Tag Archives: blogging

Weekly Geeks 2009-40

WG 2009-40 is about the tools of the trade (of book blogging, that is). What keeps me organized and inspired? To be perfectly honest, there isn’t a whole lot of organization involved in my reading life. When I finish my current book, provided I don’t have anything time sensitive on the agenda (such as an ARC to review or a bookring to pass along), I just look at the shelf and see what I feel like reading next. The finished book is either put back on the shelf (which is extremely rare), or placed in a canvas totebag for sharing at the next BC in DC meeting. If no one at the meet shows any interest, it ends up in a box in my car for wild release. That’s about it.

Oh wait, I take that back. I did recently get organized with respect to my literary listening habits. My audiobooks come (almost) exclusively from the library. Though the collection in the county-wide system is excellent, I’ve discovered that my local branch is pretty flighty when it comes to organizing their audio collection: the children’s and fiction audiobooks are shelved in their own separate sections, while the young adult and nonfiction audiobooks are shelved with the regular books. The books are routinely mis-shelved, and the catalog is the furthest from reality I’ve ever witnessed in a library. In addition, the last two books I returned were reshelved without being listed as returned in the system, meaning if I hadn’t noticed it I would have been charged late fees on books I’d already brought back.

Eventually I got sick of dealing with it and decided to abuse the hold system instead. I created a list of audiobooks I’d like to listen to and when I start a new one, I put the next one in the list on hold. No fruitless browsing, no irritation at trying to find a book that’s not there.

Inspiration is never a problem. I love to read, to the point where I feel naked if I don’t have at least one book on the go (usually two, if you count audiobooks). When I’m done, I post a review on my blog. I accept that sometimes I don’t have much to say.

As for keeping track of books I’ve read, I record them on Listography, Lists of Bests, and my BookCrossing bookshelf. My reviews, however, I keep stored at GoodReads because it’s reasonably easy to navigate. I’ve recently discovered that not all the books I’ve reviewed have ended up as blog posts, but I think that was before I discovered the joys of scheduled posting.

And that’s about it. I guess in the end I don’t really consider myself a book blogger. Book reviews just happen to comprise the vast majority of my blog posts. :)

Weekly Geeks

As I posted the other day, Weekly Geeks has returned. WG 2009-38 is about expanding the readership of your blog. This only sort of applies to me: I enjoy blogging and try to post things that might interest others, but I’ll still post even if no one reads it. And while the majority of my posts are book reviews, I don’t consider myself a book blogger. My only requirement for a blog post is that it must contain at least one link. That’s it. Generally I avoid writing about my day-to-day life, but only because I already have a personal online journal (and it’s not all that interesting to people who don’t know me…or most of the people who do, for that matter). I try to review every book I read or listen to, and I avoid posting more than once a day. I don’t really have any goals for it. Maybe I’m being too casual.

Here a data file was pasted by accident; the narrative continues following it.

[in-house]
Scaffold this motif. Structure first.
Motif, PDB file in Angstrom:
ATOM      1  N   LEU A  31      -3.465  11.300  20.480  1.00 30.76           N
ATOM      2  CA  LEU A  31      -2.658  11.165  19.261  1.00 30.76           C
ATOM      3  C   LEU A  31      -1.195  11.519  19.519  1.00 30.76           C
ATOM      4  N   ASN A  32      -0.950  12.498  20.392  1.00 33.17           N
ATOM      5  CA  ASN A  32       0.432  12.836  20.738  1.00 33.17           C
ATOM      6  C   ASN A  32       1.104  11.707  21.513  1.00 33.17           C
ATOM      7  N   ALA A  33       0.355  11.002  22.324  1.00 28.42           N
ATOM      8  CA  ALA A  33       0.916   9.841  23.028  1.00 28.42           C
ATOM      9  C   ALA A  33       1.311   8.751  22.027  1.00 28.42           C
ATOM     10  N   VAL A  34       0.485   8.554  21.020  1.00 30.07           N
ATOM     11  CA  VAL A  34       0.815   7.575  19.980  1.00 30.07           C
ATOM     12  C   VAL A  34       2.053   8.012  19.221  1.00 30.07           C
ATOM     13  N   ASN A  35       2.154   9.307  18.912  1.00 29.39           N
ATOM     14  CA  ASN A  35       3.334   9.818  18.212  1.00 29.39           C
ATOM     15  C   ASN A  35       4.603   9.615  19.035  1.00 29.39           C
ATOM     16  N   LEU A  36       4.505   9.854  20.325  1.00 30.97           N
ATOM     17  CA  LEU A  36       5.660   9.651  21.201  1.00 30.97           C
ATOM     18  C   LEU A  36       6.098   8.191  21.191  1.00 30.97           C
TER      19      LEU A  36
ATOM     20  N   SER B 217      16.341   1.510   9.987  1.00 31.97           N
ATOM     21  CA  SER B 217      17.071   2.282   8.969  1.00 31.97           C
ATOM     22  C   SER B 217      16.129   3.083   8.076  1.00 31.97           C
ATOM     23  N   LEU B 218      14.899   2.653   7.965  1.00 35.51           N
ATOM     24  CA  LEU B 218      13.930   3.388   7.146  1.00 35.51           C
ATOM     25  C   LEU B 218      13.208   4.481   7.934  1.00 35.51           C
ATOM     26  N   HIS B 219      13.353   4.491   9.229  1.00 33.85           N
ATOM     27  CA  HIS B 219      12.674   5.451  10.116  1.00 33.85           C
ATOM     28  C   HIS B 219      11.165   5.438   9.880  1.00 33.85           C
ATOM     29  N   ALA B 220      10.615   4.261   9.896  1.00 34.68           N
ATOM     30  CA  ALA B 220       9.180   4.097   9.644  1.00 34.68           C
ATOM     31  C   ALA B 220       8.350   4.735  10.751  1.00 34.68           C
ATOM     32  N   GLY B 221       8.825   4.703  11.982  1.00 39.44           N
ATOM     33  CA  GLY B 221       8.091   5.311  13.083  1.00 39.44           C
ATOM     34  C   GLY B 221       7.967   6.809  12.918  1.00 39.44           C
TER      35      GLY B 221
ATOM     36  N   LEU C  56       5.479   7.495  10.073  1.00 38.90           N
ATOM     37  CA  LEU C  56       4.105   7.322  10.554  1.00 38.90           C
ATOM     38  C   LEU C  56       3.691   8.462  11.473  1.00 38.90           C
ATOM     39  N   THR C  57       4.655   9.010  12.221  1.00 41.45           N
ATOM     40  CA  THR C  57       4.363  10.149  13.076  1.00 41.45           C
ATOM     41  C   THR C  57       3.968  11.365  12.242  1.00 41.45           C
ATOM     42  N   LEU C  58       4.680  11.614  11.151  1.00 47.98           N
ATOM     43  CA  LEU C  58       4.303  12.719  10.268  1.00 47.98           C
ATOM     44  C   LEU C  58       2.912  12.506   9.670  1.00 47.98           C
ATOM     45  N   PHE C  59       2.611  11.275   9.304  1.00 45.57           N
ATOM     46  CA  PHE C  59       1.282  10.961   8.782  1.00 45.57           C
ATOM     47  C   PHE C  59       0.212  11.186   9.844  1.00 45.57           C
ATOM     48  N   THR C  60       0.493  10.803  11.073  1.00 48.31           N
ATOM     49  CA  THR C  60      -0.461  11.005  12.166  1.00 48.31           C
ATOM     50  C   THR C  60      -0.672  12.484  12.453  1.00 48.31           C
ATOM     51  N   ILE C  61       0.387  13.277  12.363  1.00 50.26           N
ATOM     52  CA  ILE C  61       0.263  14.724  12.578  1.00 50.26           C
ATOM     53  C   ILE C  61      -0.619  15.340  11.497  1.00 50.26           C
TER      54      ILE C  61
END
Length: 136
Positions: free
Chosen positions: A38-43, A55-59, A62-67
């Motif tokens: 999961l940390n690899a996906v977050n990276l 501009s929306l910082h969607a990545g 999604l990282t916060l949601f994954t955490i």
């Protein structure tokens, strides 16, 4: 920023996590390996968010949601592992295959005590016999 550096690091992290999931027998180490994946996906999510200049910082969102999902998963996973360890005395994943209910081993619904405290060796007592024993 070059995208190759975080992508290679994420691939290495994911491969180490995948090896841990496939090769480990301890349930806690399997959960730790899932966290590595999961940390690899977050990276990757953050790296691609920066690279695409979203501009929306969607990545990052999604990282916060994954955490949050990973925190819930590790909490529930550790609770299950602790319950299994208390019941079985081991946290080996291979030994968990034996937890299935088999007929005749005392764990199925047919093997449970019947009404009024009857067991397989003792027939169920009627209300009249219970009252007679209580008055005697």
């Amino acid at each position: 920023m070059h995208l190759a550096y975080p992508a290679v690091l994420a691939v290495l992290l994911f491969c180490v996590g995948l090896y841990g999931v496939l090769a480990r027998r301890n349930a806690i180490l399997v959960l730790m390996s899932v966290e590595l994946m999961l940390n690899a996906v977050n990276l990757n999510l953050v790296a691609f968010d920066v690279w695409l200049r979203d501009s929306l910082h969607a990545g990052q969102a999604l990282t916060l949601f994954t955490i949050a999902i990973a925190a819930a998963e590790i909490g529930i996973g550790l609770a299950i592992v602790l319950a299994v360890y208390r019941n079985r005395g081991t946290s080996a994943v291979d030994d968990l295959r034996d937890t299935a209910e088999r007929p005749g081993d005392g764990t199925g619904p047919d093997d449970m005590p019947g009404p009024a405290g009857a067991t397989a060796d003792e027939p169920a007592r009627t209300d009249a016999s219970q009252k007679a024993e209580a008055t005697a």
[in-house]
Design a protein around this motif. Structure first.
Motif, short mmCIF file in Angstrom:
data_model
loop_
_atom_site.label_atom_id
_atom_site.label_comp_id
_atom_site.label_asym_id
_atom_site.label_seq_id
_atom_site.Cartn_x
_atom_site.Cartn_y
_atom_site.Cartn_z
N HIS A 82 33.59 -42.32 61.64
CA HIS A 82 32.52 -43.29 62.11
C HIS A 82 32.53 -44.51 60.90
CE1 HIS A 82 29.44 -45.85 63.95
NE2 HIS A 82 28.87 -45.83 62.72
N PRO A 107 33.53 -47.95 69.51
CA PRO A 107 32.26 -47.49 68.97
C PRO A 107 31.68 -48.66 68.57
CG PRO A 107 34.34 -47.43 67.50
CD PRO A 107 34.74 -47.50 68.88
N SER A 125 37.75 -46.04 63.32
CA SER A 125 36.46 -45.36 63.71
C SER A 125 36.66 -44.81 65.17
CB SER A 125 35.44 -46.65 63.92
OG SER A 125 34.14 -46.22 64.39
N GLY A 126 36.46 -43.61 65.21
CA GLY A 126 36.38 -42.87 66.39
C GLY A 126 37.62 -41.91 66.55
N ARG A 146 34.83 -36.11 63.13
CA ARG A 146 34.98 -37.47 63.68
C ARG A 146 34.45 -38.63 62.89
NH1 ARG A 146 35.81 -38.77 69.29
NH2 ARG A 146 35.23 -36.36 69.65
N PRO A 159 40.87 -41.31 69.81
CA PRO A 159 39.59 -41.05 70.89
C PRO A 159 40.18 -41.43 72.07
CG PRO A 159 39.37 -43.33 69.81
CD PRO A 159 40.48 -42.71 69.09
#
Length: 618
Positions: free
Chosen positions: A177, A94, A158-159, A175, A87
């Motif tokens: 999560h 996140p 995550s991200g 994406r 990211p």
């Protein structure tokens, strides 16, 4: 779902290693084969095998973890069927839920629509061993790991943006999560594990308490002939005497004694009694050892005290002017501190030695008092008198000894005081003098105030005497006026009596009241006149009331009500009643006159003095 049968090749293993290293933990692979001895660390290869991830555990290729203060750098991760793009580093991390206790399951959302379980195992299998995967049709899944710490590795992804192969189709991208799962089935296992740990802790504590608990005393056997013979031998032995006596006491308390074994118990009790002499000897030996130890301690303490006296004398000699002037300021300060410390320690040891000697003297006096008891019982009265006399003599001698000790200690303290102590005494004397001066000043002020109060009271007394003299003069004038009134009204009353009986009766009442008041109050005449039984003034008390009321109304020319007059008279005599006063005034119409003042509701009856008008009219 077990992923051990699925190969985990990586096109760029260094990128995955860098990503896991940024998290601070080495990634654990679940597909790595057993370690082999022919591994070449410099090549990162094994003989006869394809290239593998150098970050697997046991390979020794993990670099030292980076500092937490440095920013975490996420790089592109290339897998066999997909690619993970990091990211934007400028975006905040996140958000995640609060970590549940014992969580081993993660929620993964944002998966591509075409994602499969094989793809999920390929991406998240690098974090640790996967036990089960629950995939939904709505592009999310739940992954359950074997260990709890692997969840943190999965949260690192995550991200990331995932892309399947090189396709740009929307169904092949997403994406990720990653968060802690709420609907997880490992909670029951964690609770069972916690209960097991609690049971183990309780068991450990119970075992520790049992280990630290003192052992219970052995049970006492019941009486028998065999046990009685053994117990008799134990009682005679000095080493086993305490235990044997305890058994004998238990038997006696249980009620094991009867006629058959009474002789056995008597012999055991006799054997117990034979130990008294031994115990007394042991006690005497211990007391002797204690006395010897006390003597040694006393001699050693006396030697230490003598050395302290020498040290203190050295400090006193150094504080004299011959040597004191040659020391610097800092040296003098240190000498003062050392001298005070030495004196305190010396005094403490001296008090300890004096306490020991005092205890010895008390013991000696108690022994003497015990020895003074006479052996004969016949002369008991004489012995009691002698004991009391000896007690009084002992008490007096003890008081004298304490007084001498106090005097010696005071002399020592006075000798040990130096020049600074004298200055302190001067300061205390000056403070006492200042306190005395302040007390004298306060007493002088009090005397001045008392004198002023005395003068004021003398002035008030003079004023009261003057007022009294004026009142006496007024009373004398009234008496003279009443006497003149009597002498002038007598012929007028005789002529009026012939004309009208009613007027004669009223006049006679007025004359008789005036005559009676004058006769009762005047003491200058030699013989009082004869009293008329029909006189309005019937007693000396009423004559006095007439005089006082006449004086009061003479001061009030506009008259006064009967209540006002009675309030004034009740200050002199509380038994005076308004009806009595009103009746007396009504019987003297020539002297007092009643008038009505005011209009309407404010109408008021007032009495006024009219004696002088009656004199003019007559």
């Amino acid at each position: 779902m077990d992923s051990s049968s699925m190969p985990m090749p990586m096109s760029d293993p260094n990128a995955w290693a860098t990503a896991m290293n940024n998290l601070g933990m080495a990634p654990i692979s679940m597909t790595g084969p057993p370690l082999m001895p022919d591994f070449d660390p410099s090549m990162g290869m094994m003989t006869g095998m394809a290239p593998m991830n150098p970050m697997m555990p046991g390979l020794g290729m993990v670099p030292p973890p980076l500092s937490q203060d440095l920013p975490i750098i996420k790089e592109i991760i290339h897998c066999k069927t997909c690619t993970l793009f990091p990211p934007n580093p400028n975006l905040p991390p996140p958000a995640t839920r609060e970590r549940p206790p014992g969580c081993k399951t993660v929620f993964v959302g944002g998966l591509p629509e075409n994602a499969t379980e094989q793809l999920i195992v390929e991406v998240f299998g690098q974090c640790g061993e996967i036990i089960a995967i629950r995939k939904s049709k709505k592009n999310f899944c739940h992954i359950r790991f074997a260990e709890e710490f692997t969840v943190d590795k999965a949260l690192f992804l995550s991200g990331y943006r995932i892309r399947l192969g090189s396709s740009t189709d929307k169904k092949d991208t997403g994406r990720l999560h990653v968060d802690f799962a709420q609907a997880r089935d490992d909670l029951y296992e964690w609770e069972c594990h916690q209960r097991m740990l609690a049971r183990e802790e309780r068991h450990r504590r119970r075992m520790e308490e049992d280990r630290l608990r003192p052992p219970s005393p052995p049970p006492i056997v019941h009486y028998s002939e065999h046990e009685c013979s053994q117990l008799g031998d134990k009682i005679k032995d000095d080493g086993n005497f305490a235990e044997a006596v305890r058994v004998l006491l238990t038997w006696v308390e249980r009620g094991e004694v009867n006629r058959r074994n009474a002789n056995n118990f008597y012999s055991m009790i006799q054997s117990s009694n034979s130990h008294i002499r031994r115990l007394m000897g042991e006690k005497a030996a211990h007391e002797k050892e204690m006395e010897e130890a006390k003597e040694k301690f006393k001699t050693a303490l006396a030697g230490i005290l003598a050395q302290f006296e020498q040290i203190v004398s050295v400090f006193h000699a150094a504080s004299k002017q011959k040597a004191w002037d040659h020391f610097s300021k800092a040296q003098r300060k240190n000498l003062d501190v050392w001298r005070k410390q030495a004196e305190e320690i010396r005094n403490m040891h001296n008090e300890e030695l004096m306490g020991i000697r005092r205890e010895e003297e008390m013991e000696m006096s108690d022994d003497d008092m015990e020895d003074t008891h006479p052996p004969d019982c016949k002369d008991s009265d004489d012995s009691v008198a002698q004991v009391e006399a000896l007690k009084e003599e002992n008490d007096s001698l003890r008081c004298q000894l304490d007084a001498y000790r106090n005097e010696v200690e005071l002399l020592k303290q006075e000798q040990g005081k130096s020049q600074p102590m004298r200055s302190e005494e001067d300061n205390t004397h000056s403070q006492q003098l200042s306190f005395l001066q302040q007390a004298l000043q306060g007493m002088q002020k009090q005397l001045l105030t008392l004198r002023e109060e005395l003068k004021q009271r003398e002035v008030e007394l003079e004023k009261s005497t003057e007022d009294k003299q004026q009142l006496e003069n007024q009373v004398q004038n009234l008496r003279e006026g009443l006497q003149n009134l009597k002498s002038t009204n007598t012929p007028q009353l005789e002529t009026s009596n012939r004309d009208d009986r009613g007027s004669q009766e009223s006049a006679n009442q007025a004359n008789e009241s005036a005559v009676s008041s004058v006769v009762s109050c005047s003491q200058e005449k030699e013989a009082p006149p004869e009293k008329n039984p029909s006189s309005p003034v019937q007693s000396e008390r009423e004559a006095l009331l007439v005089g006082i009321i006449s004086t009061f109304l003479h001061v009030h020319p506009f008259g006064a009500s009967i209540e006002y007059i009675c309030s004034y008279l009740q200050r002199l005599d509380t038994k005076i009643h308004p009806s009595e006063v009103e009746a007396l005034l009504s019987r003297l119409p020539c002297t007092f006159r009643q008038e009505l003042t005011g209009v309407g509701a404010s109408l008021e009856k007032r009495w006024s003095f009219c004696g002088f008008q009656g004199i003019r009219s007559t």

That said, of course I want to appeal to more readers. Unfortunately, the suggestions listed in the WG article don’t really help. According to Google Analytics (which I find less than illuminating at the best of times), the majority of my visitors come from Geocities, presumably on the hunt for writing prompts. Twitter comes in a distant second, which isn’t surprising since I have it set up to automatically tweet whenever I make a new blog post. I just recently eased the search functionality by adding titles and tags to all my old entries, which I suppose counts as progress.

I like to think my blog is easy for new readers to dive into. I almost never post something that would make more sense if you had been reading for a while, I don’t use jargon or inside jokes (that I’m aware of), and I have no rating system to explain. If folks care to continue reading, I’m easy to find: I’m first when Googling “utter randomonium” and third for “melydia” (though the first two hits are also me, and contain links to my homepage as well).  The RSS feed subscription button is also prominently displayed near the top of the page.

So I dunno. I’ve read enough blogs and blogging tips to know more or less what I should be doing to increase my readership, but I’m not sure popularity and visibility is all that important to me. It’s just a blog. It amuses me. Hopefully it amuses others. The end.

P.S. – The phrase is “couldn’t care less.” If you could care less, then you must care at least a little bit. Just sayin’.

Titles and Tags

When I was back at Blogspot, none of my posts had titles. There wasn’t even a textbox to enter one – I assume I’d unknowingly disabled it. When I moved over here to WordPress, I imported all my old blog entries, all of which were then posted with blank titles. Makes it a little difficult to search for entries.

So I added titles. And tags. To every single post. Even the stupid ones about articles that almost certainly don’t exist anymore.

You’re welcome.

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